Ranger Reviews #2: Marvel's Avengers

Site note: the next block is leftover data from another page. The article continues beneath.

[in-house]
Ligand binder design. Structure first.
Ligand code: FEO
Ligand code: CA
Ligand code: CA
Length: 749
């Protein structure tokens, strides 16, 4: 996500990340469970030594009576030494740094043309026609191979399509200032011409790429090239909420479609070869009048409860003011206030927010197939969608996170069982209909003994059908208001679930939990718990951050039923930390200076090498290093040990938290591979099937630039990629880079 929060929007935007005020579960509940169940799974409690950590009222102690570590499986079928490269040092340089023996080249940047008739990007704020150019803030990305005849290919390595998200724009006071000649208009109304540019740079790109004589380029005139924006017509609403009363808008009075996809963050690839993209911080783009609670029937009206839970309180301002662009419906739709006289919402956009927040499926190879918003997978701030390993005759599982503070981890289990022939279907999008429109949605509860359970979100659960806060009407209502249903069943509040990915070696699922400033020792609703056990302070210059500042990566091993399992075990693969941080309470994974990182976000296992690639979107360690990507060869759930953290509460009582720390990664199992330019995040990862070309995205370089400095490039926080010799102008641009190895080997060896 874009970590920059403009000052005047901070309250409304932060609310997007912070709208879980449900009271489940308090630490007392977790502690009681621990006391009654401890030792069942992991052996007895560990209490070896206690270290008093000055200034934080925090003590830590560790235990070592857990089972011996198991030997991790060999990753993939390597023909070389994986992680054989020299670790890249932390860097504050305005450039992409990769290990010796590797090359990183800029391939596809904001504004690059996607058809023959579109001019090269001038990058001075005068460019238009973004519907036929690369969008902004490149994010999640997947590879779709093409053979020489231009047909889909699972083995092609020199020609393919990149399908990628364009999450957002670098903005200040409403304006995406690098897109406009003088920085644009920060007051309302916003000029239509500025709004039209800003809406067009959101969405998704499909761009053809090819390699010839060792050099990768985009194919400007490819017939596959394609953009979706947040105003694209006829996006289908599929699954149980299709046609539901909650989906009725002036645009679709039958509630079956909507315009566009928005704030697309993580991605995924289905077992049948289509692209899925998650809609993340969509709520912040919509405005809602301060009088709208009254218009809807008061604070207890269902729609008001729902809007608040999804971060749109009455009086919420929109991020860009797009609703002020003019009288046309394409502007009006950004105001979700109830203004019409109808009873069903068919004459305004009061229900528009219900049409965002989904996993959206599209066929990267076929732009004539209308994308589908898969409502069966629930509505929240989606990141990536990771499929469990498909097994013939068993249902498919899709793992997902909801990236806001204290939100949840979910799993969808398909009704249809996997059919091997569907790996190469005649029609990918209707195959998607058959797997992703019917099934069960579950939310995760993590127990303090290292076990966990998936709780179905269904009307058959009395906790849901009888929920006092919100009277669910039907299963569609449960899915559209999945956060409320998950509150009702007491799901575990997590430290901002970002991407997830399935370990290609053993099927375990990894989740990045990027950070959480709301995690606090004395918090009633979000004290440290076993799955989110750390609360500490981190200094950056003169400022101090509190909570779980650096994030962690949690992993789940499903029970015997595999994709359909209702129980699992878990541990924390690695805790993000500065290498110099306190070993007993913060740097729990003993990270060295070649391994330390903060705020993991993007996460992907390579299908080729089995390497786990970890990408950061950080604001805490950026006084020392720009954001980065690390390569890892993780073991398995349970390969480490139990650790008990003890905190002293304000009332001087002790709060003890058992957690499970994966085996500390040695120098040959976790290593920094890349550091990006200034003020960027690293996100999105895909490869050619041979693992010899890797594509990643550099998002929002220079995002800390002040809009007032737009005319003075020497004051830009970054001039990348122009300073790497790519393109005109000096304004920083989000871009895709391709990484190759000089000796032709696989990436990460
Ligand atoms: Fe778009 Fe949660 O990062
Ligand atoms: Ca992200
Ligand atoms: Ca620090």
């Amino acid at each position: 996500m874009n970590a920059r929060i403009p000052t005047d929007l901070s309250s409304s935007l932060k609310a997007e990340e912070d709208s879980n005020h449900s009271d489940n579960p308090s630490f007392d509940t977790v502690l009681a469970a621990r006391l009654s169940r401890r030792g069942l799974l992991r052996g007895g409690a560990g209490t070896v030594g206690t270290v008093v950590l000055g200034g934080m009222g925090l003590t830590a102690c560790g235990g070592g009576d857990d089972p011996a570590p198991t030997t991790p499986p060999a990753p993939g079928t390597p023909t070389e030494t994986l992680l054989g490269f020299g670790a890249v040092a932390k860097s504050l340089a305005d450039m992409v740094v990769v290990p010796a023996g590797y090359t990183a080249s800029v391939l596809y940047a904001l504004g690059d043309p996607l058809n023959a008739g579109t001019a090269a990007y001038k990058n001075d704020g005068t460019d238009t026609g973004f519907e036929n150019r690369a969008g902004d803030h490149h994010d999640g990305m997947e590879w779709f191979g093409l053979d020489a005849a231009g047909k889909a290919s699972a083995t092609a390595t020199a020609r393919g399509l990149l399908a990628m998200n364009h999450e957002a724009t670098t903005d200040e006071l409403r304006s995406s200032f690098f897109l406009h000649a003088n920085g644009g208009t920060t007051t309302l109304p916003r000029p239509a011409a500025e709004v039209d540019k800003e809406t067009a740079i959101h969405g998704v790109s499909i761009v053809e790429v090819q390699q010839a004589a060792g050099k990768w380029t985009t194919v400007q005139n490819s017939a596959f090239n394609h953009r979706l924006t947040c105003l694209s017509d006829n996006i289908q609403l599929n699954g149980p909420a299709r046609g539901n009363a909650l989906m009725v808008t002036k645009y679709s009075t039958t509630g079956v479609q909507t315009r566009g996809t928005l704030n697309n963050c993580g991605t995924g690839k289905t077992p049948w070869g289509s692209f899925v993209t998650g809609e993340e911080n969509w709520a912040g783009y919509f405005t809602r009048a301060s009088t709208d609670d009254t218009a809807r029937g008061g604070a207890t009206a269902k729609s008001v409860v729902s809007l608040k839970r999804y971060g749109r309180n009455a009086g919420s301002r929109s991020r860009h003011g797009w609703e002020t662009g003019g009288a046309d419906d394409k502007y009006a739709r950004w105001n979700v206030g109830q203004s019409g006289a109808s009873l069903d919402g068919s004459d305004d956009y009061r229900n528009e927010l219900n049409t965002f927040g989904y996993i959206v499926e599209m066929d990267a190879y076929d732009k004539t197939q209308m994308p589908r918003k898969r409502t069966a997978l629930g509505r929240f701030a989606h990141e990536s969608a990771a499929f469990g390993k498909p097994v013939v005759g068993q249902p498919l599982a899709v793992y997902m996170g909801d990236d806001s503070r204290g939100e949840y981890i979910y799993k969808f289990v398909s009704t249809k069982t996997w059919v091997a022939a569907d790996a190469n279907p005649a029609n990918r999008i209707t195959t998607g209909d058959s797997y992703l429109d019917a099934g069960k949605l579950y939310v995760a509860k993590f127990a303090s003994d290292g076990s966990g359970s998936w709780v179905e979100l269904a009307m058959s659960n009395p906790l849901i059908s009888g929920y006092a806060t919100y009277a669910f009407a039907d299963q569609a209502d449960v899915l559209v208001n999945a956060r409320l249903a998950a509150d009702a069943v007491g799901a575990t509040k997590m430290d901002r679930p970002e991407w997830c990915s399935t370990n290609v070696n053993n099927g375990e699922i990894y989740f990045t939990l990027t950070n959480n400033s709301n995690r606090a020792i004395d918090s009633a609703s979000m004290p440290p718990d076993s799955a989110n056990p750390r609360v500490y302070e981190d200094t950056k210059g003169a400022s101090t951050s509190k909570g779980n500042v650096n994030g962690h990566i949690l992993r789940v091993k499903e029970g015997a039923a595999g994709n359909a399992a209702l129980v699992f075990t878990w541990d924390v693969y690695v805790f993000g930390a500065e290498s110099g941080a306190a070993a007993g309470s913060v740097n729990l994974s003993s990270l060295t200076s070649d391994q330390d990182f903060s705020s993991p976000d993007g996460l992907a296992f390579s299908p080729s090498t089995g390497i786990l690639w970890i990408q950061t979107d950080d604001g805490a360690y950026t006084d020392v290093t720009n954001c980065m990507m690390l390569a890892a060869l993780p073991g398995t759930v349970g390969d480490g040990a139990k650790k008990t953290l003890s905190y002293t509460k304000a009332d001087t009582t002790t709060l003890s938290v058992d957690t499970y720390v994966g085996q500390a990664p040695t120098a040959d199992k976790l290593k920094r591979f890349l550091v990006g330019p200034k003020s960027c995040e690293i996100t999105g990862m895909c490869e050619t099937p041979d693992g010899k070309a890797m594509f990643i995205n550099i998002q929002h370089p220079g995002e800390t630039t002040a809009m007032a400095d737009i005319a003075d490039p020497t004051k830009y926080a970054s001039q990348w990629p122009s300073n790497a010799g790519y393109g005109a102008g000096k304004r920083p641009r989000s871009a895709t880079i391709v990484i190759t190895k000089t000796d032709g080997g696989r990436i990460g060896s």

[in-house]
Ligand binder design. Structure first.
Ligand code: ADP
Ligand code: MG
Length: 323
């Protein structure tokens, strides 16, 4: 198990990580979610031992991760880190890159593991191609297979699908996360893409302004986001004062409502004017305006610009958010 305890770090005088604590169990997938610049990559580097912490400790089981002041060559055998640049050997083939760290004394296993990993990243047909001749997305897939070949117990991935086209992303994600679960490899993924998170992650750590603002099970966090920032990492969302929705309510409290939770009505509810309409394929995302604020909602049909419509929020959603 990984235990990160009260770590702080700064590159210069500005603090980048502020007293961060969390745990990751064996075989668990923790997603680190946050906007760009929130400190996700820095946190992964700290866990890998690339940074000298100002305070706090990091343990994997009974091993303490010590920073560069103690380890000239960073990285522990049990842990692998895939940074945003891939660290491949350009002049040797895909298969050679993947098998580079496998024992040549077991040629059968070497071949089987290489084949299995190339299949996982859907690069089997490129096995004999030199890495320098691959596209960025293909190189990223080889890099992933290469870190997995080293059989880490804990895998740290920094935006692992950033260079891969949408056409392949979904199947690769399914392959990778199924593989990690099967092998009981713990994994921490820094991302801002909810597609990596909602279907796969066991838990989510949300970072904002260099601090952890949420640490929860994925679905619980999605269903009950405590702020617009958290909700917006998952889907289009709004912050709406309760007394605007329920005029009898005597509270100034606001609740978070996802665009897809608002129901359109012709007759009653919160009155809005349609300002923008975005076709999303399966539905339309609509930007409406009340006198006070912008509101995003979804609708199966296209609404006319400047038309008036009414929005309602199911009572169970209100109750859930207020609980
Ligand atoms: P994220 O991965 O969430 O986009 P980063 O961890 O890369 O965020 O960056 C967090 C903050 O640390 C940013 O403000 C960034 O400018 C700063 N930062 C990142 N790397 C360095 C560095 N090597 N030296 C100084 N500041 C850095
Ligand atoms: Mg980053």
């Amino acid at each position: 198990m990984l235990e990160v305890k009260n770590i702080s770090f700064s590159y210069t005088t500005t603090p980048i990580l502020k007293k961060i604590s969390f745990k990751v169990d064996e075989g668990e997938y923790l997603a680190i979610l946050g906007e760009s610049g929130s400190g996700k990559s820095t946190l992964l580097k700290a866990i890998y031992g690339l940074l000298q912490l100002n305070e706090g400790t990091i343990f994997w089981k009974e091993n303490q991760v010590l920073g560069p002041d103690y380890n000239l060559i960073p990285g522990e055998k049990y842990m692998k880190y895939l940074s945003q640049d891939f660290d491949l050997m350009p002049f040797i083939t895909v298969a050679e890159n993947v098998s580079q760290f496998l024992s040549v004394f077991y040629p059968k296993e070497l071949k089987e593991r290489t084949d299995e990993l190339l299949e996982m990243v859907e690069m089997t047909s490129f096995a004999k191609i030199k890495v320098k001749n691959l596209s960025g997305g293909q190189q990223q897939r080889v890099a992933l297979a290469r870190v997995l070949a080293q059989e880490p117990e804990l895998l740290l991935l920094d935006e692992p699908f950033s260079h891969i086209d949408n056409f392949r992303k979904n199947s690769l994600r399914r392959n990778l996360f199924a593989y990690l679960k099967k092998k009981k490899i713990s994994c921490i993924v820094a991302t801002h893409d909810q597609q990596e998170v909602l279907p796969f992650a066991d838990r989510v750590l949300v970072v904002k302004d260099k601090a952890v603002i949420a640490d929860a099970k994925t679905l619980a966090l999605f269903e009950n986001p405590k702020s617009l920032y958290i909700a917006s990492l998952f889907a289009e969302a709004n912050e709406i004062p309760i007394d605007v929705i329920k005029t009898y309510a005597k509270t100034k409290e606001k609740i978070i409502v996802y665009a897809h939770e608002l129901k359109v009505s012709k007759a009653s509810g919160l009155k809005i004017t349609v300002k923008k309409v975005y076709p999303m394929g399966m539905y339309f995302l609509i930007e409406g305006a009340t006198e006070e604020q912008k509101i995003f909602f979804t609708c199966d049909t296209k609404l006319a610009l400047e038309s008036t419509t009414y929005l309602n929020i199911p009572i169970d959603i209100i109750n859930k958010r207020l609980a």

Disclaimer: This review is centered on the video game published by Square Enix, not the 2012 hit film of a similar name. I experienced it in the early access beta, as well as on day one— both on PS4, both on Normal difficulty. This will primarily be a glance at the title's Main Story aspect of the single-player campaign, as I have not delved much into the multiplayer component. Take that as you will. Because I am not a professional reviewer, I foolishly did not take count of how many hours it took to go through the single-player main story campaign. For the purposes of this review, I am going to use the terms 'campaign' and 'main story' interchangeably, but it should be noted that there is more to the title's single-player campaign than the main story— as there are various missions that can be played cooperatively (online) with up to four players, or on your own. Review: "Good isn't a thing you are, it's a thing you do." -Yusuf Khan, Marvel's Avengers. So, as it may or may not be known by you, the reader, I was definitely on the fence about picking this game up. Hunkering down on the decision to drop $60 and take it for a spin is something that I now have a bit of remorse for, but more on that in a moment. Overall, this is a pretty alright game. I encountered numerous technical glitches, the campaign was very short (at least by my single-player story standards), and the narrative seemed a bit rushed. As an Avengers enthusiast, and someone who was eager to see Kamala Khan's debut as a headlining character, I enjoyed this game. It's something I might recommend to anyone who feels similarly, or who maybe has a handful of friends who are already playing it. However, I would be hard-pressed to make an open-recommendation for this title, as I am less than satisfied with it. The Narrative: Now, I am no storytelling expert— I don't have the keen eye needed to observe and analyze and articulate precisely what needs to change to smoothen things out; however, I am someone who found the story a bit lacking. Whether it's because I've grown accustomed to some of the expansive and in-depth storytelling offered in recent years (Marvel's Spider-man, God of War, for example) or because maybe I just find more satisfaction in that realm of gaming, I left Marvel's Avengers feeling a bit hollow. And not exactly in a good way. This story follows Kamala Khan, a die-hard fangirl with a deep love for the Avengers, and a stark desire to reunite them, as well as to protect her fellow Inhumans from a treacherous and malicious organization. This, at its heart, is a very compelling premise for the title. Unfortunately, it doesn't always land as well as one might hope it would. Kamala Khan is presented as a charming and determined character with a heart of gold. While her aspiration to do good is occasionally undermined by her own self-doubt, she is always willing to do what must be done for those in need. I frequently found myself cheering her on and enjoying the wholesome moments between her and the Avengers; however, I often found myself cringing at some of the interactions between them. The dialogue was often cheesy, sometimes to an acceptable — even welcomed — level, but other times it just felt like I was taking secondhand psychic damage. There was definitely a line separating cringey and endearing, but it was stretched as far as Ms. Marvel's arms were throughout this game. I loved Kamala Khan and the Avengers— but I often found myself indifferent to many of the problems they faced. It was a strange sensation, acknowledging that they were doing the right thing, the necessary thing, and at the same time feeling utterly uninvested in whether they succeeded or failed. There was just a complete lack of the emotional urgency one might expect from a game revolving around the legendary superheroes. My second biggest issue with the narrative is how rushed it seemed. This could, in part, be because I swept through most story missions without investing in the optional deployments, but that really shouldn't have much bearing on the main story. I also felt pacing was a bit off here, as there were certain events that, I thought, transpired much too quickly, or close to one another. I definitely felt like the title's central antagonist (Dr. Tarleton/ M.O.D.O.K.) was a bit underwhelming, which is unfortunate because he had the potential to be an incredibly interesting character. None of this, I believe, falls on the voice cast that brought these characters to life. Their performances were very well-executed, and captivated me in the few plot moments that actually did manage to fully lure me in. Technical Details: This was actually a bit of a surprise for me. I happened to play the beta and didn't have much trouble with it besides the occasional menu freeze up; because it was the beta, I mostly ignored it— chalked it up as pre-release bugs. However, these isolated circumstances would not be the last of the "pre-release bugs" I encountered. I experienced a handful of bugs playing the publicly released version of this title; thankfully, only once did the game fully freeze and require a restart, but it was still an exceedingly irritating situation. I have not dealt with these kinds of bugs with any big-name releases in an extremely long time. The last time I played a game that gave me this much trouble was a modded version of Skyrim VR. So, there's that. Besides the one time full freeze, most glitches were rendering issues: a character model would be pixelated/low resolution compared to the rest, a character would be speaking but their faces would remain still, or scripted cutscenes would not play out as intended. One extremely frustrating bug I experienced, although it was just once, was that subtitles would appear for dialogue that was never actually heard. This wasn't an issue of my audio/headset, as I could still hear other ambient noise, but the lines themselves were not being presented. I'm not sure if this was an error, or made by design, but I completely missed the end cutscene/ debrief to the campaign because it wouldn't pause when I paused the game. I'd like to think it was just another glitch to throw onto the pile, and not a conscious choice— because that almost seems more frustrating. Of course, I don't have to mention drops in framerate and the menu music skipping upon each start, because that happened often enough to me that I'm sure it's a staple of the experience. As it must be noted, like with all bugs, it is possible that you play the game from start to finish and not encounter a single one— but likewise, you may discover even more than I did. Another detail that I found increasingly aggravating was the closed captioning forced onto the player when subtitles are active. I am not hearing impaired, but I enjoy turning on subtitles on every title I play; never have I had closed captioning thrown into the ring as a package deal. It was a consistently annoying experience because it would often reveal to me actions/events that hadn't happened yet (curse of being a fast reader?) and would just pull me away from what I was watching. I feel obligated to commend the graphics and design portion of this title. While there didn't seem to be an abundance of variety in the environments you explore throughout this game, the locations presented were very-well detailed and aesthetically pleasing. There is a divide in the online community regarding the character designs, but I have no such issue with it. I felt the character designs were all well made, and want to appreciate the difficulty the art team had to have gone through in finding the right balance between the Avengers the public already knows and the Avengers they wanted to give to us. Special/combo moves and effects were also exceptionally well done and jumped off the screen every time they came up. While the game looks incredibly good, this was, without a doubt, a title that had an extremely rushed production and a release that came a bit too early. Mechanics: I won't lie; the way this game plays was something I was seriously turned off to in the beginning/during beta. It's the standard press __ for light attack, __ for heavy attack, chain them together with special rechargeable attacks with a dodge and character ability thrown it. That wasn't a big issue— I've played and enjoyed games with that style of combat. What I did not care for was the lackluster feel to the button mashing that got me through every encounter. Make no mistake, though, there are combos and techniques you could unlock and implement in each encounter, but this system seemed flat to me. There was no real reward for unlocking new moves besides some of them being pretty looking; it's quite conceivable that you get through the main story without unlocking any skills— something I'm actually a bit torn over, as I enjoyed skill trees in similarly styled games. Gear is another thing that I feel was extremely meh in this title. Equipable items are presented throughout the game in both chests that can be found and rewards for completing specific tasks. They can also be found when checking in with gear vendors around an outpost's hub. However, there's no real need to actually browse acquired items— there's a button that, when held, automatically equips better gear (something the game chooses to constantly remind you about), and there is absolutely no aesthetic difference to the equipment you put on your character. I want to make it clear, though, that this can change depending on your playstyle: a player might decide to max out one stat over another and choose their gear accordingly. I did not care to do so. Another thing to note, I never bought a single item from a vendor (that the game didn't tell me to buy) and had zero interest in doing so. Plenty of gear was always available throughout maps/missions, and most of it seemed a bit irrelevant anyway. Again, this is something that aligns with personal preference. There are, tragically, microtransactions. Why? This game was already full-priced. I suppose it's a lessened evil due to the fact that the items the microtransactions cover are things that can already be earned without using real-world money. It's just something that does not do anything good for this title. Verdict: This was a game I had fun playing. It's not something I'd rave about, and not something that I'd entirely condemn. Combat encounters were incredibly repetitive, and, by the end, coming very close to stale. Boss fights were very unoriginal, but there was a certain appeal in watching them go down. The story wasn't as compelling as I'd hoped it would be, and a lot of key moments fell flat, but there was a lot of fun in going through it. However, a charming cast and a beautiful environment couldn't fully salvage the rushed mess that this title was, and the hefty price-tag that accompanied, what is really, an unfinished game. There is more to this title that I have yet to explore, but until I have actual friends of mine to experience it with, I am painfully disinterested. This game met my expectations— not the ones I had set for it when I first saw it years ago, but the expectations formed when playing the disastrous early-access beta. 4.5/10, for a game that I would've ignored if the Avengers weren't plastered on the cover.